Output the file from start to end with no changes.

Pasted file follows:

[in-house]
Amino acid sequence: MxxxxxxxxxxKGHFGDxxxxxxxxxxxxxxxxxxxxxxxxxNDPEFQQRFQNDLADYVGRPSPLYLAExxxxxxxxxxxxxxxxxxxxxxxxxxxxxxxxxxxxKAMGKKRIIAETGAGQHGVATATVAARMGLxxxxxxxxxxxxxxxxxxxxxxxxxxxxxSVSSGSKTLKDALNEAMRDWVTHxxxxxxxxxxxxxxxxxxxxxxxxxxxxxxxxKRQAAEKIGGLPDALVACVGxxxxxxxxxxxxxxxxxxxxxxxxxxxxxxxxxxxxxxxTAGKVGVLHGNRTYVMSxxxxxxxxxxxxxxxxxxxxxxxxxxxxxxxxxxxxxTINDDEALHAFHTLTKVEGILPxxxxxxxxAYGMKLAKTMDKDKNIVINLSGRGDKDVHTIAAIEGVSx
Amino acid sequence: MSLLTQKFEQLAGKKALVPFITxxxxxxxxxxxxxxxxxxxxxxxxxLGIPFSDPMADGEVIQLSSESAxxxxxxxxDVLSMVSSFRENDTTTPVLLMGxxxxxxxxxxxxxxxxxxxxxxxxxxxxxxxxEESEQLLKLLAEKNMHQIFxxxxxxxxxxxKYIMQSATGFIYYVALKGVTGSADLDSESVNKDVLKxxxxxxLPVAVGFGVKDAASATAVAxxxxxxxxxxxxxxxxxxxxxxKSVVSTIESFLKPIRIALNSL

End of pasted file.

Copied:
[in-house]
Amino acid sequence: MxxxxxxxxxxKGHFGDxxxxxxxxxxxxxxxxxxxxxxxxxNDPEFQQRFQNDLADYVGRPSPLYLAExxxxxxxxxxxxxxxxxxxxxxxxxxxxxxxxxxxxKAMGKKRIIAETGAGQHGVATATVAARMGLxxxxxxxxxxxxxxxxxxxxxxxxxxxxxSVSSGSKTLKDALNEAMRDWVTHxxxxxxxxxxxxxxxxxxxxxxxxxxxxxxxxKRQAAEKIGGLPDALVACVGxxxxxxxxxxxxxxxxxxxxxxxxxxxxxxxxxxxxxxxTAGKVGVLHGNRTYVMSxxxxxxxxxxxxxxxxxxxxxxxxxxxxxxxxxxxxxTINDDEALHAFHTLTKVEGILPxxxxxxxxAYGMKLAKTMDKDKNIVINLSGRGDKDVHTIAAIEGVSx
Amino acid sequence: MSLLTQKFEQLAGKKALVPFITxxxxxxxxxxxxxxxxxxxxxxxxxLGIPFSDPMADGEVIQLSSESAxxxxxxxxDVLSMVSSFRENDTTTPVLLMGxxxxxxxxxxxxxxxxxxxxxxxxxxxxxxxxEESEQLLKLLAEKNMHQIFxxxxxxxxxxxKYIMQSATGFIYYVALKGVTGSADLDSESVNKDVLKxxxxxxLPVAVGFGVKDAASATAVAxxxxxxxxxxxxxxxxxxxxxxKSVVSTIESFLKPIRIALNSL